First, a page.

in Criterion Month

George Washington (2000)

I dare you to find a director with a weirder body of work than David Gordon Green. Not more diverse or worse, just weirder. Bursting onto the scene in the early ‘00s, Green looked like the heir apparent to Terrence Malick. The southern gothic settings and stoic narration of his early films had all the makings of the next great American auteur. Then Pineapple Express happened. Okay, maybe Green’s just trying to test the market. Make a film that can result in actual box office dollars instead of pinching pennies from arthouse cinemas. Then Your Highness happens. Okay, maybe he had such a fun time he wanted to give it one more go. Then The Sitter happened… He’s dead, Jim. So let’s bypass all the gloom and doom for now and go back to a simpler time. The time of Washington.

George Washington is a coming-of-age story set off the beaten trail in small-town North Carolina. The film opens with narration from a preteen girl named Nasia (Candace Evanofski) talking about her friend George (Donald Holden). Nasia says things like “My friend George said that he was gonna live to be 100 years old. He said that he was going to be the president of the United States.” Nadia acts as if there is an aura of mystique around her friend George. Others think he’s stupid.

The truth is George is just another kid living in a depressed rural town. One exception is that George was born with a partially formed skull meaning even the slightest bump on the head could kill him. He also goes to great lengths to keep his head dry as water can soak into his head and attack his brain. But aside from that he’s just another kid trying to hang on to his last thread of childhood before the reality of life comes crashing down. And crashing down it does. I don’t want to spoil it but after a tragic occurrence, of which George is responsible, we watch as his innocence dies.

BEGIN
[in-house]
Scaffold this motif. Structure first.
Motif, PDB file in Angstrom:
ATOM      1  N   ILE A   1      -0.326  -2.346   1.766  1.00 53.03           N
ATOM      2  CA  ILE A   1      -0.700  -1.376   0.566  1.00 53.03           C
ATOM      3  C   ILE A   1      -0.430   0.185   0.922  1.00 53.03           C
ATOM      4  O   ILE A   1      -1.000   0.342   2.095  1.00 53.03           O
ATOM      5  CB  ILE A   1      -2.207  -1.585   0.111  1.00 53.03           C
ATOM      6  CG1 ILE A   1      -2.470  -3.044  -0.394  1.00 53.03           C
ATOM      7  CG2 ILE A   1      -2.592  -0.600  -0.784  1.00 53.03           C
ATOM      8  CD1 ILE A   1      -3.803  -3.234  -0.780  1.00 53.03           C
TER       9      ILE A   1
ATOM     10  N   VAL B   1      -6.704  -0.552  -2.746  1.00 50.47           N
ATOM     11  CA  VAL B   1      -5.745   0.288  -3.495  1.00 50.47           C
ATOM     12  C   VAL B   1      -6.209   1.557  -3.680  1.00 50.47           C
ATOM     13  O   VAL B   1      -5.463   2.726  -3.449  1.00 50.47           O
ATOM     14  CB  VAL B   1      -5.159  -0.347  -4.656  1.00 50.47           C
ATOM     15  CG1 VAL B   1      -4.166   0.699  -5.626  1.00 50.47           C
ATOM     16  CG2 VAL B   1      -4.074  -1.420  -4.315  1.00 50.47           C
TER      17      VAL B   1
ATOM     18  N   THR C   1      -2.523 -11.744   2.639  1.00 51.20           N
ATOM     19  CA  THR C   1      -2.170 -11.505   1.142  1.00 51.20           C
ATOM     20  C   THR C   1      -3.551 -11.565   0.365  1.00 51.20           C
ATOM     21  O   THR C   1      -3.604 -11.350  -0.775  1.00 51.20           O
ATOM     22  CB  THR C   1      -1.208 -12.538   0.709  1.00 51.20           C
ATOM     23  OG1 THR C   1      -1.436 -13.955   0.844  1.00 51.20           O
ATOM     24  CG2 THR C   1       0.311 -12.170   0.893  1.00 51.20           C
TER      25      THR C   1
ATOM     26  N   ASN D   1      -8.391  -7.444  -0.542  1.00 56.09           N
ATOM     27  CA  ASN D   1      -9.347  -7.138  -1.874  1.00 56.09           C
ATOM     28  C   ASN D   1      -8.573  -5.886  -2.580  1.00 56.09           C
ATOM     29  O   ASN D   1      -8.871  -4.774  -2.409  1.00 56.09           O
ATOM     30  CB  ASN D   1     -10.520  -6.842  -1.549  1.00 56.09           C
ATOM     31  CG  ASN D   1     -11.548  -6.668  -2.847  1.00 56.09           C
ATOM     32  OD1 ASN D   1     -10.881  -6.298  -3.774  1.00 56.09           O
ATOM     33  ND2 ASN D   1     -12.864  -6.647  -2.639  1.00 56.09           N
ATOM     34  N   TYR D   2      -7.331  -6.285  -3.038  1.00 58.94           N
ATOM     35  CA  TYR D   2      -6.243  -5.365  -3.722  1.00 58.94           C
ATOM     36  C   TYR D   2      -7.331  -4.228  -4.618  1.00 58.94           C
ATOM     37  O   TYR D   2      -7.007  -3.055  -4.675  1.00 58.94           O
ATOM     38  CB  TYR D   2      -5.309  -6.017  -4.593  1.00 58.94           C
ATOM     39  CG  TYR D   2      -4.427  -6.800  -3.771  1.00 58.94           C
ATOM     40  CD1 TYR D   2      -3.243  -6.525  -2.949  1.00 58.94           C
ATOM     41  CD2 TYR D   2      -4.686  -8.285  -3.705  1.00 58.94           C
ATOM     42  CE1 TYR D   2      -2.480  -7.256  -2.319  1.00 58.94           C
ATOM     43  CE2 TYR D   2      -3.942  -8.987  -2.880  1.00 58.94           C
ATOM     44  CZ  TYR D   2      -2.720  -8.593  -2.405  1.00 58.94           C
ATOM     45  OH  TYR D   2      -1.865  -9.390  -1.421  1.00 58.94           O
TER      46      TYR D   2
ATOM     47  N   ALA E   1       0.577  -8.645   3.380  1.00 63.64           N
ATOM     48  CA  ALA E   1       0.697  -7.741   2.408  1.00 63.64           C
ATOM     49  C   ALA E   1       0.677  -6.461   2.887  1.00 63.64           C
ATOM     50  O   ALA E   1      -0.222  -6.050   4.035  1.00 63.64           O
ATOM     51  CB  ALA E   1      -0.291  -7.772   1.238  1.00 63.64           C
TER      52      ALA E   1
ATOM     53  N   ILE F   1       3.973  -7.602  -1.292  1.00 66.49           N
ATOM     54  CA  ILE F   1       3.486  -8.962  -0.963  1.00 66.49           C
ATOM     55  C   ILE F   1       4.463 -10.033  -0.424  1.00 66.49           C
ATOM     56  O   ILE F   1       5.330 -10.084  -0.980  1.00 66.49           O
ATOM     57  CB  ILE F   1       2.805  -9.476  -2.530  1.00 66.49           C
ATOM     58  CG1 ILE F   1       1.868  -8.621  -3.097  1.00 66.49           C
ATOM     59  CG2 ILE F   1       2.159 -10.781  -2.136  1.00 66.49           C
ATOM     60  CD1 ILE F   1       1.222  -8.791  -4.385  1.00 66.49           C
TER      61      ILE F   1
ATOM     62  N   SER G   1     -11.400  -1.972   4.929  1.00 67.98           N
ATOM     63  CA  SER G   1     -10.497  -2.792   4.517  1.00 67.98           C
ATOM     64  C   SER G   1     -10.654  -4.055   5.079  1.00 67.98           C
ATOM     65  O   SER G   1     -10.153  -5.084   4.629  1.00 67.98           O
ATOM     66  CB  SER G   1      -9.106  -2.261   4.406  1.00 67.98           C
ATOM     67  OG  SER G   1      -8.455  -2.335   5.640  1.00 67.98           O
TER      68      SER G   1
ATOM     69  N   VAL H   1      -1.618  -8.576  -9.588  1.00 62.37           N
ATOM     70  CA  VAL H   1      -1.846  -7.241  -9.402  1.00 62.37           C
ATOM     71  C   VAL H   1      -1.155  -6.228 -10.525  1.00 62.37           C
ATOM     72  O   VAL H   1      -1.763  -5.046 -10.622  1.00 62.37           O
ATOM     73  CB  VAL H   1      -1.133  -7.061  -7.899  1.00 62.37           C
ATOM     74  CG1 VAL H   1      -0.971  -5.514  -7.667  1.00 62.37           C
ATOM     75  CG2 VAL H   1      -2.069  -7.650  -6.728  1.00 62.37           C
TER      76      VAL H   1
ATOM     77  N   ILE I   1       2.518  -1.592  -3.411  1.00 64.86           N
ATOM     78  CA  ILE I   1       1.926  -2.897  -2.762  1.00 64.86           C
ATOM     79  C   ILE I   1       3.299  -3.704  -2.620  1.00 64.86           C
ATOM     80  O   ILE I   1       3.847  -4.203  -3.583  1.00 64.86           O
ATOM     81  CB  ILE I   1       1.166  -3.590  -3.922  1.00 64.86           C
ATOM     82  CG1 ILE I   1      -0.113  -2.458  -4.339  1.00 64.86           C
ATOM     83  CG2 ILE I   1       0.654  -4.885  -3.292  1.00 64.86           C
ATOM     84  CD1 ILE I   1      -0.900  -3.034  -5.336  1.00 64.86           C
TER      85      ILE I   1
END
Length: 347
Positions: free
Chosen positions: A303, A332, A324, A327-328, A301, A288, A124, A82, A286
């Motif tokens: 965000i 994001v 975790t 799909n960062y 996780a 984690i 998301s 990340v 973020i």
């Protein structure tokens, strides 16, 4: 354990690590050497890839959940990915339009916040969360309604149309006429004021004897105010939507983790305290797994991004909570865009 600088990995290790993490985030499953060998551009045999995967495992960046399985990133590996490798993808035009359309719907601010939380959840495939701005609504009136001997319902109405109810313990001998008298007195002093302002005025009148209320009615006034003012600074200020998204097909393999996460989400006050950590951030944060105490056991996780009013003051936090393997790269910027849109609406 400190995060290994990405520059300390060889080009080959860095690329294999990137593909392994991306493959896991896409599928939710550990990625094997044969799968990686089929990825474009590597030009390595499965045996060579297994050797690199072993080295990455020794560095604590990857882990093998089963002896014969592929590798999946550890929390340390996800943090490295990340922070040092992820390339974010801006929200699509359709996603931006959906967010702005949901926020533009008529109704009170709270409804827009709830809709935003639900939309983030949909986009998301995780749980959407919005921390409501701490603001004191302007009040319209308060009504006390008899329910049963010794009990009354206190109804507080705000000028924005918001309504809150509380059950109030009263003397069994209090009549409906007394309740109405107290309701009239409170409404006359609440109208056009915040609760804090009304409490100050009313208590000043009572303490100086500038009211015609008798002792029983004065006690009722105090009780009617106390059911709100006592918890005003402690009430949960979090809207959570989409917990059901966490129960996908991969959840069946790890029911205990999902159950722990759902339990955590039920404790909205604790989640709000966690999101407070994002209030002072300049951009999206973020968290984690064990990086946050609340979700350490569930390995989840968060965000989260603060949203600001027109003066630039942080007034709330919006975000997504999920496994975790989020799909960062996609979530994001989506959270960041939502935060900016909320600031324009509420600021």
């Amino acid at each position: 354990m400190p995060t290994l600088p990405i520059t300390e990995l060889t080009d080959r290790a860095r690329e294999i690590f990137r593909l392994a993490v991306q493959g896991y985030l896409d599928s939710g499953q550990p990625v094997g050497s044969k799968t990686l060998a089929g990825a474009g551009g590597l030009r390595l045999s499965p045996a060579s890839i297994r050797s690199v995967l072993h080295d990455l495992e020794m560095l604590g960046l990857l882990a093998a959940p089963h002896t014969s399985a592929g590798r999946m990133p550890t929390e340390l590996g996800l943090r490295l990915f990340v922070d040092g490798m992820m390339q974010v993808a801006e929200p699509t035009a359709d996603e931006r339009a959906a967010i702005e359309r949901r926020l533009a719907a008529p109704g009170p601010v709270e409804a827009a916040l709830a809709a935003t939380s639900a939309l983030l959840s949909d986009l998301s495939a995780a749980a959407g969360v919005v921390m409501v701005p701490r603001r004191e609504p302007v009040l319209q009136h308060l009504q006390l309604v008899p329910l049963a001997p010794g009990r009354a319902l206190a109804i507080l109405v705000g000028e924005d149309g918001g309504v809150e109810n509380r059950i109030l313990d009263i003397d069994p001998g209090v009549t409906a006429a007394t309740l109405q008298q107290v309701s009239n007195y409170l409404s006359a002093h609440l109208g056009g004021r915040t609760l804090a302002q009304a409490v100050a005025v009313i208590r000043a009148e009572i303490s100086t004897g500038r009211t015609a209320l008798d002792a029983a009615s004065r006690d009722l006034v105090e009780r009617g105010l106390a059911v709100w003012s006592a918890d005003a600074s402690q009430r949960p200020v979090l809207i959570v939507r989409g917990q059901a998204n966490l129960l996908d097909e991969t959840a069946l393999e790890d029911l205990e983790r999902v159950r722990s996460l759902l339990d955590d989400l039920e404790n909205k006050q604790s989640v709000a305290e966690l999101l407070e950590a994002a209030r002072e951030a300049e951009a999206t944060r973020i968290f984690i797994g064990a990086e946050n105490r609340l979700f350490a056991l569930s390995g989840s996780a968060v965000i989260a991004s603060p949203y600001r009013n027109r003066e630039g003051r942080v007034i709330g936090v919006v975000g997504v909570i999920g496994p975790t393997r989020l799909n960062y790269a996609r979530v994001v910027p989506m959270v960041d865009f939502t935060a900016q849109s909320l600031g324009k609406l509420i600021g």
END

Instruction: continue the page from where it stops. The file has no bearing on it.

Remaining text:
Apart from the tragic event at the film’s midpoint, the story free to roam as it pleases. A majority of the scenes are kids hanging out and talking. Nasia is interested in relationships and moving on from her immature boyfriend Vernon (Damian Jewan Lee), George cares for a dirty and diseased dog he feeds gummy bears and cereal. Buddy (Curtis Cotton III) and Sonya (Rachael Handy) like to get into mischief which also results in some less than desirable results.

The only adults who have a real presence in the story are Eddie Rouse as George’s irritable Uncle Damascus, complaining about his job and George’s filthy dog and blue-collar labor worker Paul Schneider as Rico Rice who tries to make the best of living in a dead town by finding love and trying to bond with the neighborhood kids. The interactions are natural and sweet but there’s always a hint of sadness.

I hate it when people say things like this but I’ll say it, “The location in this film is like another character.” Which is a cliche but it’s true in this film. Shot around the Winston-Salem area of NC, the rustic setting adds so much personality. The town is as ugly as it beautiful and compliments its scenes of joy just as well as it adds to its scenes of sorrow.

George Washington is contemplative but not preachy, laid but back weighty in theme. It’s a simple film beautifully told by an inspired filmmaker. Whether or not that filmmaker will ever recapture that inspiration is yet to be seen. I do know David Gordon Green’s next film will again be filmed in North Carolina. Though that film is Halloween. Who knows. Maybe Halloween will be the most thoughtful coming-of-age film since George Washington.